There are few things more frustrating to a parent than an outward sign of disrespect coming from their children. You’ve probably seen it. Kids will fire off blatant sass, but will also use eye-rolling, door-slamming or long sighs of disdain to get their point across nonverbally. If we attempt to regain control over disrespectful children what often jumps out of our mouths is, “That kind of disrespect is NOT OK!” (or some variation). We may demand our child’s respect. But does that help us understand what is going on in her heart?
We may demand our child’s respect. But does that help us understand what is going on in her heart?
A Biblical Perspective
Jesus consistently held people accountable and asked them each to examine their heart. Interestingly, his chief opponents, the Pharisees, looked pious on the outside while having conniving, evil intentions. They appeared to revere God, but internally they were corrupt. Jesus called them white-washed tombs and quoted the prophet Isaiah, “These people honor me with their lips, but their hearts are far from me.” (Mark 7:6) Jesus pointed out time and again that the condition of the heart was the essential issue, not correct outward behavior. “Blessed are the pure in heart, for they will see God.” (Matthew 5:8) That makes it pretty hard to picture Jesus shaking His finger at a sassy kid and proclaiming through clenched teeth, “You can’t talk to me that way!!!”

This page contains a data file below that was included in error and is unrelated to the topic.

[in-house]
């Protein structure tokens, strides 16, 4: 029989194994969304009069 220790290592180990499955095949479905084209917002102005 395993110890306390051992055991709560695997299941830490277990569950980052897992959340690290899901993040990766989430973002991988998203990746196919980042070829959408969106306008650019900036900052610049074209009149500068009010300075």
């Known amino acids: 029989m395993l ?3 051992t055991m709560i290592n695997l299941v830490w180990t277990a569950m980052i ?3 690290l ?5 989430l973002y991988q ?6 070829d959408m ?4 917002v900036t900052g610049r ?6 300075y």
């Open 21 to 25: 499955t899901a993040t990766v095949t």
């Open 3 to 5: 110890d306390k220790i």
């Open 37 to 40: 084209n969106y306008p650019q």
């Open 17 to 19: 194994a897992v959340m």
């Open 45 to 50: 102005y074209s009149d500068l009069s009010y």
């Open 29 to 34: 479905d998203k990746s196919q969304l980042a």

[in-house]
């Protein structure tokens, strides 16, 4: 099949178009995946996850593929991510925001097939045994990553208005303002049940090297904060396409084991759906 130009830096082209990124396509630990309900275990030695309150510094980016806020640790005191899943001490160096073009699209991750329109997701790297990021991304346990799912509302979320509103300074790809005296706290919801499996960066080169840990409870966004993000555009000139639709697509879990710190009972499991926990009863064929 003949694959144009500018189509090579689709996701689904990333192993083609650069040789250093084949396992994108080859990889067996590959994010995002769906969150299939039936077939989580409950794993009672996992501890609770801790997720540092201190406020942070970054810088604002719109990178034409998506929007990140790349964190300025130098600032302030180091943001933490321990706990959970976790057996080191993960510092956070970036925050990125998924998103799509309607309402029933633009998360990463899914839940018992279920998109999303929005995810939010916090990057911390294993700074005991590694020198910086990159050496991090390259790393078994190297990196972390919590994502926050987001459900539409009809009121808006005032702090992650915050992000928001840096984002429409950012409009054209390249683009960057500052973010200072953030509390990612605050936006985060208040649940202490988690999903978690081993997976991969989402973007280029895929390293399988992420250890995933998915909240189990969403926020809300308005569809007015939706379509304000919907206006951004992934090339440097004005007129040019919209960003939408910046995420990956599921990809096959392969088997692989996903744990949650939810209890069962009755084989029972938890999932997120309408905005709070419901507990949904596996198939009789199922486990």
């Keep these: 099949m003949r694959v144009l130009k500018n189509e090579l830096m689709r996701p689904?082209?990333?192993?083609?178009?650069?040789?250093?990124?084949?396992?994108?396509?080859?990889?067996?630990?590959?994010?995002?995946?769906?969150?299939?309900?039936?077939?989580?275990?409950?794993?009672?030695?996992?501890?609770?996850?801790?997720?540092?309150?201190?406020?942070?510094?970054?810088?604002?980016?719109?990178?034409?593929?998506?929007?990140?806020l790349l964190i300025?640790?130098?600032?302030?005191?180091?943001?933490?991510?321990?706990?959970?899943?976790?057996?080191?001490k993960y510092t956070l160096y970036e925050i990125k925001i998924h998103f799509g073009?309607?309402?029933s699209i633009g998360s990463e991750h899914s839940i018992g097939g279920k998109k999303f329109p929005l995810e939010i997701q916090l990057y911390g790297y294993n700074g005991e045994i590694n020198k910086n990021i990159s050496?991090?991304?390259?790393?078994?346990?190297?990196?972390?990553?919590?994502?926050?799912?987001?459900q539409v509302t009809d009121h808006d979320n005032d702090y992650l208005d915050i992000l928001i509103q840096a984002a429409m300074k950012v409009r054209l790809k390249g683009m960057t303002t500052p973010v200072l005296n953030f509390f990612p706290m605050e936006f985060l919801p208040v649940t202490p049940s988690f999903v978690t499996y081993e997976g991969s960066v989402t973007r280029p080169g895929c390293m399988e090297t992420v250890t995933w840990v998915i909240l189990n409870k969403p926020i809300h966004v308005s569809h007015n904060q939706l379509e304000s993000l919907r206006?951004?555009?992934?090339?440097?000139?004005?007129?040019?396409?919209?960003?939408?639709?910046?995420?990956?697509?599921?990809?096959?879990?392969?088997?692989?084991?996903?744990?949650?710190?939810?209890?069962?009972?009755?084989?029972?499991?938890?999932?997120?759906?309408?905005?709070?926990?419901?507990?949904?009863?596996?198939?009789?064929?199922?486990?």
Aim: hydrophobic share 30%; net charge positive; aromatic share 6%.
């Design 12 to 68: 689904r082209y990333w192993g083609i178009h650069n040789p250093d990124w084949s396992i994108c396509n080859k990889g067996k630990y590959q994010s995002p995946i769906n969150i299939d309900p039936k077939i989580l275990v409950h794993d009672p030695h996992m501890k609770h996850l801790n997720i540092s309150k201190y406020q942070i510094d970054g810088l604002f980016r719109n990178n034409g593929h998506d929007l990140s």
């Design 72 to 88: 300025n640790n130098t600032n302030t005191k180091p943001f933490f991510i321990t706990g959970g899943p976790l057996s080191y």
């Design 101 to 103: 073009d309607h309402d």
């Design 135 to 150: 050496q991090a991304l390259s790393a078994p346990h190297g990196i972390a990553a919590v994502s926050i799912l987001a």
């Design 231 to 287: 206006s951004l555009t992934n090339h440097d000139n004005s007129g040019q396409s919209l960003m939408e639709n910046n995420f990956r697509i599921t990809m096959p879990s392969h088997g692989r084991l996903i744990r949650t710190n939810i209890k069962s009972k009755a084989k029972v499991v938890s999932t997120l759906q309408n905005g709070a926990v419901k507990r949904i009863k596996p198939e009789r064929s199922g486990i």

Where a Parent’s Thinking Goes Wrong
Despite this, parents often believe, “If I can eliminate my child’s outward expression of disrespect, I’ve gotten my child to be respectful.” Nothing could be further from the truth! It’s like saying, “If I slap some paint on the outside of this run-down house, the dead stuff that continues to rot inside won’t stink.”
When parents “successfully” shut down a child’s disrespect, what often festers and “rots” inside is silent contempt and a loss of respect for the parent. The more a child knows he has power to push his parent’s buttons, the more insecure and small the parent seems in his eyes.
The child may respond to the demand for respect with a tight-lipped, “sure”, heading for his room where he’ll text his friends, “My parents are so annoying!” When the focus is on managing the outward display of disrespect, not only does heart-level disrespect grow but, especially with strong-willed kids, so does the resistance… often through craftier means.
Managing disrespect simply becomes a game of power, like playing the arcade game Whack-a-Mole. Wham, and another sassy response pops up, faster and faster. The older kids get, the more powerful they feel in this game.Change Starts With Looking Inward
If you’re looking to grow a culture of heart-felt respect in your home, it starts with asking yourself the following questions:
- What is really going on here?
- What’s going on in me about this?
- Have I taken the easy road of intimidation, instead of the longer, harder road of mutually respectful conflict resolution?
- Am I preoccupied with how I feel when my buttons get pushed, and don’t really care why my child might be pushing buttons?
- Do I know (and care about) what else might be discouraging my child that is coming out sideways?